Bitter Cold May Have Damaged Texas Wheat and Oat Crops
Texas Crop Report
Feb. 15, 2011
COLLEGE STATION, Texas — The following reports were compiled by AgriLife Extension for the week of Feb. 15:
Central: Bitter cold temperatures may have damaged wheat and oat crops. Producers were providing large amounts of supplemental feed to all livestock. Upcoming warm, drying conditions were expected help small-grain crops.
Coastal Bend: Below-normal, freezing temperatures were the rule for most of the reporting period. Field activities, including fertilizer applications, resumed as soils dried out. Corn growers were preparing to start planting soon. Due to loss of grazing, livestock producers continued to supplement cattle with forage and protein.
East: Most of the second week of February was cold with lows in the teens and highs below freezing. Some rain ice and snow was reported in many areas of the region. Hard freezes damaged some winter forages. Livestock were quickly depleting hay supplies. Some producers were bringing in alfalfa hay. Increased supplemental feeding costs this season were high. Warmer weather arrived at the end of the reporting period, and spring calving was under way. Feral hog activity increased in some pastures.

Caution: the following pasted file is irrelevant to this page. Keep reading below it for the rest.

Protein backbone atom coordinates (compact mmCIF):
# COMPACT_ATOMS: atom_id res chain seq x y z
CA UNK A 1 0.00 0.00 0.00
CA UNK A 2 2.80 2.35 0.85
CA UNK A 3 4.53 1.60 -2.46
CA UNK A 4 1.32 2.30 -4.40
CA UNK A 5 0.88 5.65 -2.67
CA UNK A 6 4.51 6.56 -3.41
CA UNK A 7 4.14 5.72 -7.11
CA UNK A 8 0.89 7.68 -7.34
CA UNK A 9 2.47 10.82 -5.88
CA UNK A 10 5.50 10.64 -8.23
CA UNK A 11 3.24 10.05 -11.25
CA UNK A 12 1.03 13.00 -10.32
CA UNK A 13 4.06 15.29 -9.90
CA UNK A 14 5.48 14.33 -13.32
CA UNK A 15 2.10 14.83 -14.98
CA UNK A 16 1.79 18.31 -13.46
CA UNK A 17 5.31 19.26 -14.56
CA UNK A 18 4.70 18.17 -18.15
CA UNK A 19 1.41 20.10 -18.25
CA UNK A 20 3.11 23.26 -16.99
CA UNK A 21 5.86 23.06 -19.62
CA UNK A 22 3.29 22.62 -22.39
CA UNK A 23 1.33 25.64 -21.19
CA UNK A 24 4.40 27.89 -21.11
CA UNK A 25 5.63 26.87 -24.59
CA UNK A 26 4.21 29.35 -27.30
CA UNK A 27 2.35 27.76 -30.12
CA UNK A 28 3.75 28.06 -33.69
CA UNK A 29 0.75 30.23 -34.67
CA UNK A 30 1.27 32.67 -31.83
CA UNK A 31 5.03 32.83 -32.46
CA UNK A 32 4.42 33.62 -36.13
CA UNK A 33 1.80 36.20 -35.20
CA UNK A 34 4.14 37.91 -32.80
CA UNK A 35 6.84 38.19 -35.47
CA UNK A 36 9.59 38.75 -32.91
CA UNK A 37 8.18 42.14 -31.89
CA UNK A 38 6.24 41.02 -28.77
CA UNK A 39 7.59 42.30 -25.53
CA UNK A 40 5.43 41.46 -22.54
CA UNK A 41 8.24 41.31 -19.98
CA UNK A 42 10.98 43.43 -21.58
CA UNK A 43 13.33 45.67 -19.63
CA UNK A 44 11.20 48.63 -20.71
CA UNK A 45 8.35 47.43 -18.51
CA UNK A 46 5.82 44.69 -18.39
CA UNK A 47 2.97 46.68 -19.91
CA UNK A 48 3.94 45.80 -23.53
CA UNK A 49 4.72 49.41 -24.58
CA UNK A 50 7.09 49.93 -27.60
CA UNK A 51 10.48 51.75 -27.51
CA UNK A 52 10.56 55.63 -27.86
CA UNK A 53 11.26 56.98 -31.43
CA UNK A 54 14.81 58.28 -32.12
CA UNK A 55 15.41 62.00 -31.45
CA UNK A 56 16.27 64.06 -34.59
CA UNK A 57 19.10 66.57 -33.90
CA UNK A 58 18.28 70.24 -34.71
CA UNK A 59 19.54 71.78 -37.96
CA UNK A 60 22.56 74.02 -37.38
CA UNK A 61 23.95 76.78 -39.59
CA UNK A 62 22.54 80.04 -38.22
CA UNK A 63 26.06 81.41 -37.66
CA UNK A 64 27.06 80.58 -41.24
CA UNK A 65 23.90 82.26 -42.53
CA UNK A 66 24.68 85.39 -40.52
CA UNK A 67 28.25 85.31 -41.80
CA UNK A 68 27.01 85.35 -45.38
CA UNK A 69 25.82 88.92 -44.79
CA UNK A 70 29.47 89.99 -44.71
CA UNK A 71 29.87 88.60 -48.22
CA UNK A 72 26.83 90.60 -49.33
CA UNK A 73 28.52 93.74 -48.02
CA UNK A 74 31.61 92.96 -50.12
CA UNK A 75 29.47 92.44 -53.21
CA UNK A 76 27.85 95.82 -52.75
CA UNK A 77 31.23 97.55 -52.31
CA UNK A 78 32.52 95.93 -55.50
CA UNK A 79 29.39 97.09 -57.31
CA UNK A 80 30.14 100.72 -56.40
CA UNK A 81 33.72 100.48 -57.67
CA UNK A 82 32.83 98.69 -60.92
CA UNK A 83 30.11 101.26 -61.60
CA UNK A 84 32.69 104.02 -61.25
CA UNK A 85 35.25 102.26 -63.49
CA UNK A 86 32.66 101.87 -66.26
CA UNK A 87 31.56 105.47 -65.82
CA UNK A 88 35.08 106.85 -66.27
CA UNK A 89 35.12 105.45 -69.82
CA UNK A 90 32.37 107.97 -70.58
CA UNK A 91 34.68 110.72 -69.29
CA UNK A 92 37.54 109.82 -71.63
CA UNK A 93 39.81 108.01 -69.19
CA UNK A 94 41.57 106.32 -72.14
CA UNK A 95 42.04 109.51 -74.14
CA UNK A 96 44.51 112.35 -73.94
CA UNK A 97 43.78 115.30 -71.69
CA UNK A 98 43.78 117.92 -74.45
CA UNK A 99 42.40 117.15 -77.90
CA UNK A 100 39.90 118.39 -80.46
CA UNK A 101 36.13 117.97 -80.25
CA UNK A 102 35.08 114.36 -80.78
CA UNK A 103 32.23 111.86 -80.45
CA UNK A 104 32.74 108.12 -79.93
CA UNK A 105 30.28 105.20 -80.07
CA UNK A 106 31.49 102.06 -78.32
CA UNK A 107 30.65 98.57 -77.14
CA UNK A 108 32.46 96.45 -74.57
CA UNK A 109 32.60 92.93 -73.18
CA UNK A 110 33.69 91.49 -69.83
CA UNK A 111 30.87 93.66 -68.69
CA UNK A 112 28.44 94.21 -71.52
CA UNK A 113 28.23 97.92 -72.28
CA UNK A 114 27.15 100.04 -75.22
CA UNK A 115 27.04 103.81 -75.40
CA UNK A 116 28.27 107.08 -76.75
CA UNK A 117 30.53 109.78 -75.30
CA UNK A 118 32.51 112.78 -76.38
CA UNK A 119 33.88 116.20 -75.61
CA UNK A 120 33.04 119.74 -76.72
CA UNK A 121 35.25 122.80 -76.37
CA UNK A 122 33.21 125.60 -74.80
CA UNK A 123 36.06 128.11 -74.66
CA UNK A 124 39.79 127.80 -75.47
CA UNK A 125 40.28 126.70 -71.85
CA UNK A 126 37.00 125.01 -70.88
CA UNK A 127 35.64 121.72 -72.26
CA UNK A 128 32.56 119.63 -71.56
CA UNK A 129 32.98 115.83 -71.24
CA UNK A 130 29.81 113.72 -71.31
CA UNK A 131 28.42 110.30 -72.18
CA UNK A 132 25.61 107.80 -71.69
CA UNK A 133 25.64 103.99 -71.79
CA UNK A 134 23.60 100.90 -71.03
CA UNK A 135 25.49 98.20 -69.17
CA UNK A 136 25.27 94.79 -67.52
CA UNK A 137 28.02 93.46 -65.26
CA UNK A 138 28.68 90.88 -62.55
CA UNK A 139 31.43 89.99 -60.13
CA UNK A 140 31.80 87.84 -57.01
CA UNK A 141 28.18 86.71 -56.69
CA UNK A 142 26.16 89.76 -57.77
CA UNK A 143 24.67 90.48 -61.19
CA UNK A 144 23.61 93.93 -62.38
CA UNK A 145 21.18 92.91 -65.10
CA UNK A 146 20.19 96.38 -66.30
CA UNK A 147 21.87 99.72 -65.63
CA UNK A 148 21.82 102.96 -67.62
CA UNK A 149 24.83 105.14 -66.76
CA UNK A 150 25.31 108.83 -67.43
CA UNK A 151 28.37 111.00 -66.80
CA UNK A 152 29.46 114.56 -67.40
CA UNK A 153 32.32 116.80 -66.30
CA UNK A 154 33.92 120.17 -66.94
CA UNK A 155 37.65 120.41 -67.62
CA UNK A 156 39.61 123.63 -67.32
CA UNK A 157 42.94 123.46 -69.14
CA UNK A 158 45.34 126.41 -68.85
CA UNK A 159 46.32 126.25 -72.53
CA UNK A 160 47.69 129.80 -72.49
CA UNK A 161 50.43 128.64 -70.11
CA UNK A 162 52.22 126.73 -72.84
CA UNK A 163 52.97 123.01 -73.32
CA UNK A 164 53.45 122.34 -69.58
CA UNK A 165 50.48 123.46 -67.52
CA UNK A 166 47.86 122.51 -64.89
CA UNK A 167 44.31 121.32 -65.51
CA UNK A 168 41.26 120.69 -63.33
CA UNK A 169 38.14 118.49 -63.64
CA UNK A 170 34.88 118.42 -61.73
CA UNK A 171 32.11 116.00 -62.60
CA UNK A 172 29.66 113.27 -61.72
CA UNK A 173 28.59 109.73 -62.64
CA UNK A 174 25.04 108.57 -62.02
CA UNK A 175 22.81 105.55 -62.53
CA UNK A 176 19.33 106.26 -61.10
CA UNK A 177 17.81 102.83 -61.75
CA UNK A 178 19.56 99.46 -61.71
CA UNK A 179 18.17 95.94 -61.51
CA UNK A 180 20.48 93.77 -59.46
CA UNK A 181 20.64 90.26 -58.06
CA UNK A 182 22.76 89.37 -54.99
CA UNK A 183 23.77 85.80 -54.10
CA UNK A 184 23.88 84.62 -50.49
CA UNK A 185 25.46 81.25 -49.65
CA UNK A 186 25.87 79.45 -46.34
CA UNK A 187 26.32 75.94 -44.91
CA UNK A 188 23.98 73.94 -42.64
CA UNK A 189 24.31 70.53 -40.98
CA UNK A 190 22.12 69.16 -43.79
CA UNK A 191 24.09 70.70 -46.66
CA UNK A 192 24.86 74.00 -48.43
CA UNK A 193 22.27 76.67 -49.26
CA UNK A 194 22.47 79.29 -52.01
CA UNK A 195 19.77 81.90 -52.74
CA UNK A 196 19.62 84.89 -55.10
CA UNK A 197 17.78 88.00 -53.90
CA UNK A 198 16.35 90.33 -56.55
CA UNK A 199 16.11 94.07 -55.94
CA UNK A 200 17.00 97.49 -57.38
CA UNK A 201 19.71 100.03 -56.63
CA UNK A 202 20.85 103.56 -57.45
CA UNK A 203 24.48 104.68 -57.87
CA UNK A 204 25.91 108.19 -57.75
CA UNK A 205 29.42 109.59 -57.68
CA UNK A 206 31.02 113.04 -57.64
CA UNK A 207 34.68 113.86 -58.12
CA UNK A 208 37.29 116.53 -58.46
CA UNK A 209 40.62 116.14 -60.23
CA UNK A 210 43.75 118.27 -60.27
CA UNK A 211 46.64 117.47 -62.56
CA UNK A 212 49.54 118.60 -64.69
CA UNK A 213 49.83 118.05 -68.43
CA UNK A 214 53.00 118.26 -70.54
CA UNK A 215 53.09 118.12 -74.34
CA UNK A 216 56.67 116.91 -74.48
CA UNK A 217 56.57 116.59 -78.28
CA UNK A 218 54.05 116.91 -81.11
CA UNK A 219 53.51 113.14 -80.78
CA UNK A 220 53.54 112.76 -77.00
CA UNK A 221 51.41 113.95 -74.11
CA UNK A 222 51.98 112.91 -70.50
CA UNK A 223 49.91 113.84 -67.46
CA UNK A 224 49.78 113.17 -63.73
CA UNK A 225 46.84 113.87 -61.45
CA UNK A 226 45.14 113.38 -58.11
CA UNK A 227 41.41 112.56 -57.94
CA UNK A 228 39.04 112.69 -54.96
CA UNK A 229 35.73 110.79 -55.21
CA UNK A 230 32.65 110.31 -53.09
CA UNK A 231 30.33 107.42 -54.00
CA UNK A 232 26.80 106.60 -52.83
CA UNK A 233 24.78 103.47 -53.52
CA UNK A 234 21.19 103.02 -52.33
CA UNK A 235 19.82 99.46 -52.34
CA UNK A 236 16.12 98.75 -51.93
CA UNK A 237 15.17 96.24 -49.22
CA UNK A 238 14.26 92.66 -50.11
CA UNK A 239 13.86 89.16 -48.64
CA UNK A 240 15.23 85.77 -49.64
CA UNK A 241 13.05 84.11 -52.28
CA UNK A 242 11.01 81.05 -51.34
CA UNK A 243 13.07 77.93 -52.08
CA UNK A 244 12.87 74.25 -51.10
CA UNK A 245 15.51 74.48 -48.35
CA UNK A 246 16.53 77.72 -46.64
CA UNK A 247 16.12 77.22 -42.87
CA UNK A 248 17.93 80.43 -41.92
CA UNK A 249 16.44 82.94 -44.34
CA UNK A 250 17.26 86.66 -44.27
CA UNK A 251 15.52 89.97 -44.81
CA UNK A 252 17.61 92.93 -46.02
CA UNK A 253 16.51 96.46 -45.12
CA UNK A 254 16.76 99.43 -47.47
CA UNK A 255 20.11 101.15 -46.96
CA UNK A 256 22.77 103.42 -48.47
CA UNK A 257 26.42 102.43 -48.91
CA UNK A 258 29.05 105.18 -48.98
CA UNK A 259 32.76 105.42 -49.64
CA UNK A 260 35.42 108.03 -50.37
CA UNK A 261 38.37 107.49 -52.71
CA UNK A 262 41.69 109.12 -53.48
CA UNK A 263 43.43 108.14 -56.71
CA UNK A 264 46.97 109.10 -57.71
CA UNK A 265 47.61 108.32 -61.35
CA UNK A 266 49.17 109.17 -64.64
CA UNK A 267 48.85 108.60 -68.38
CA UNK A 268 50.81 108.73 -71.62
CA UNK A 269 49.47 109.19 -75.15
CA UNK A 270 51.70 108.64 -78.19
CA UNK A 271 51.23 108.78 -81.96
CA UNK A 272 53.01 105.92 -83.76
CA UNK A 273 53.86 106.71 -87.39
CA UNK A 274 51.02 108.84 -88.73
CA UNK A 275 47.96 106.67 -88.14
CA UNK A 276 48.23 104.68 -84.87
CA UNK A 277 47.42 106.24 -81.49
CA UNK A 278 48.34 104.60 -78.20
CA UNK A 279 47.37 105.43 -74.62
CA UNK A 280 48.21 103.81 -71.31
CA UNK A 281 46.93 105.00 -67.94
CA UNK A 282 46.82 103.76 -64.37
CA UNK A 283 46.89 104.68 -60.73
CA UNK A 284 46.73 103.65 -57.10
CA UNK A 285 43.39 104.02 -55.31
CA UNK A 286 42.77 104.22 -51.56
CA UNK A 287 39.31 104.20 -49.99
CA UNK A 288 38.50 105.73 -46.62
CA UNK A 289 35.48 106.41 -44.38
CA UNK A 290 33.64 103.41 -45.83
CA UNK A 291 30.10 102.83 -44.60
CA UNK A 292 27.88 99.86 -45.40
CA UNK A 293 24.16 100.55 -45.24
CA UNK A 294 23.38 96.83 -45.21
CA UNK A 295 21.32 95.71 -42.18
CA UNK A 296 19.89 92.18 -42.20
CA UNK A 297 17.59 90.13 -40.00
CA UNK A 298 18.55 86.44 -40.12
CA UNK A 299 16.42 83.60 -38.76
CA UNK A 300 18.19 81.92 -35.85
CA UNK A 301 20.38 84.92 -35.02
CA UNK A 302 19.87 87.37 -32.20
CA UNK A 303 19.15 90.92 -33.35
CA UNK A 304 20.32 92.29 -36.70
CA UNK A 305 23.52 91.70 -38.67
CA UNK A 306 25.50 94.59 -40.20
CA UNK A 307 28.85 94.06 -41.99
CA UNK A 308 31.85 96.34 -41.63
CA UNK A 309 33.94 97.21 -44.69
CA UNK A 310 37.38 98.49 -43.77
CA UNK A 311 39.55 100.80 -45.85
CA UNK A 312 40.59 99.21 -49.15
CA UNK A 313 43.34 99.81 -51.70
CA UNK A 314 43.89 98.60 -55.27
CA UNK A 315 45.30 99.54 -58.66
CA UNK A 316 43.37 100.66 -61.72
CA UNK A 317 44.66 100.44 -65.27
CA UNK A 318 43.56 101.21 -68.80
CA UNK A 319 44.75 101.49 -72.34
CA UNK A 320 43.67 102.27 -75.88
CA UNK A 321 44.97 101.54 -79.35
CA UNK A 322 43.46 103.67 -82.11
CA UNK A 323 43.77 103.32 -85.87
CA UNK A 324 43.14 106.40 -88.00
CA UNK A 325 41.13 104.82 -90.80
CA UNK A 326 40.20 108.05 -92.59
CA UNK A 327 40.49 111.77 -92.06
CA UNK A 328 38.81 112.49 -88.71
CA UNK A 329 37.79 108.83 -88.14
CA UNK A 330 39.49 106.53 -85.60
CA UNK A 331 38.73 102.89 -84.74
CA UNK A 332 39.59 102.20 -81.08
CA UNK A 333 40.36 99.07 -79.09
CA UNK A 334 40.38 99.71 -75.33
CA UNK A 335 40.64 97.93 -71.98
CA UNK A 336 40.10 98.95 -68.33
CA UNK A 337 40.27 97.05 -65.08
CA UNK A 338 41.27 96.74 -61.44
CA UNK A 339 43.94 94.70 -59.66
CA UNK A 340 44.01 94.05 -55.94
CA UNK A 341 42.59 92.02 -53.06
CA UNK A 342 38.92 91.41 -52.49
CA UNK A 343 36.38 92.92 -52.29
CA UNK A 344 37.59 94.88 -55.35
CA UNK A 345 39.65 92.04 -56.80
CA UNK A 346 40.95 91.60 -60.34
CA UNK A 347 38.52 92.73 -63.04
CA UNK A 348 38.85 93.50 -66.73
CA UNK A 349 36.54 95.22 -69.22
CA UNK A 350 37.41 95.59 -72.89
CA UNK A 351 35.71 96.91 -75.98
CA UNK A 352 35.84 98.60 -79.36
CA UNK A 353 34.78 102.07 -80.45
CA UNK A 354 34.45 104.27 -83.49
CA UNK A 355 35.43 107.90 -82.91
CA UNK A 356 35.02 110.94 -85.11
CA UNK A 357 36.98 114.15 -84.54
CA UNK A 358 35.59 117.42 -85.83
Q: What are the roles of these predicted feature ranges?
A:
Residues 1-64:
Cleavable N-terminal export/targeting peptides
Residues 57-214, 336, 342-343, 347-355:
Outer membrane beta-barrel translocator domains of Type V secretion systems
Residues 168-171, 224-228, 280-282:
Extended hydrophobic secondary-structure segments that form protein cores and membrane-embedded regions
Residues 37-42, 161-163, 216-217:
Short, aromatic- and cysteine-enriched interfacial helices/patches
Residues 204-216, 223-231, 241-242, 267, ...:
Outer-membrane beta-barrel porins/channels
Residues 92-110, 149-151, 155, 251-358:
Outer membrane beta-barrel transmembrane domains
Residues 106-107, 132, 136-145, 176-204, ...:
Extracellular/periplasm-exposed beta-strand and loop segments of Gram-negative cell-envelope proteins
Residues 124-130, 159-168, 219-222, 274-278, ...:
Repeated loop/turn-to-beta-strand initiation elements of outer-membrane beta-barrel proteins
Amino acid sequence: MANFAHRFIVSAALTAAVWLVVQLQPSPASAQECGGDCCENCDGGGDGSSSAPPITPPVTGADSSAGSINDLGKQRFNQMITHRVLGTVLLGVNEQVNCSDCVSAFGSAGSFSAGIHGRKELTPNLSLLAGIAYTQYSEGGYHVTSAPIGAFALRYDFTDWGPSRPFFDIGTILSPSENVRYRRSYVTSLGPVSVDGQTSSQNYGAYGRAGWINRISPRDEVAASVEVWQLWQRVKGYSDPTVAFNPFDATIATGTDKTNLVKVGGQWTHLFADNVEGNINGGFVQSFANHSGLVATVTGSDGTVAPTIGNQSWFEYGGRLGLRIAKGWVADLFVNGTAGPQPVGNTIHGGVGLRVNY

Far West: Most of the region was under a burn ban. Rangeland remained dry, and livestock producers were providing supplemental feed and large amounts of minerals to cattle. Winter wheat was damaged by a hard freeze. Fall-planted onions also suffered some freeze damage. Alfalfa that was coming out of dormancy was set back, and crowns were frozen. Pecan trees were still dormant but were also affected by the freeze.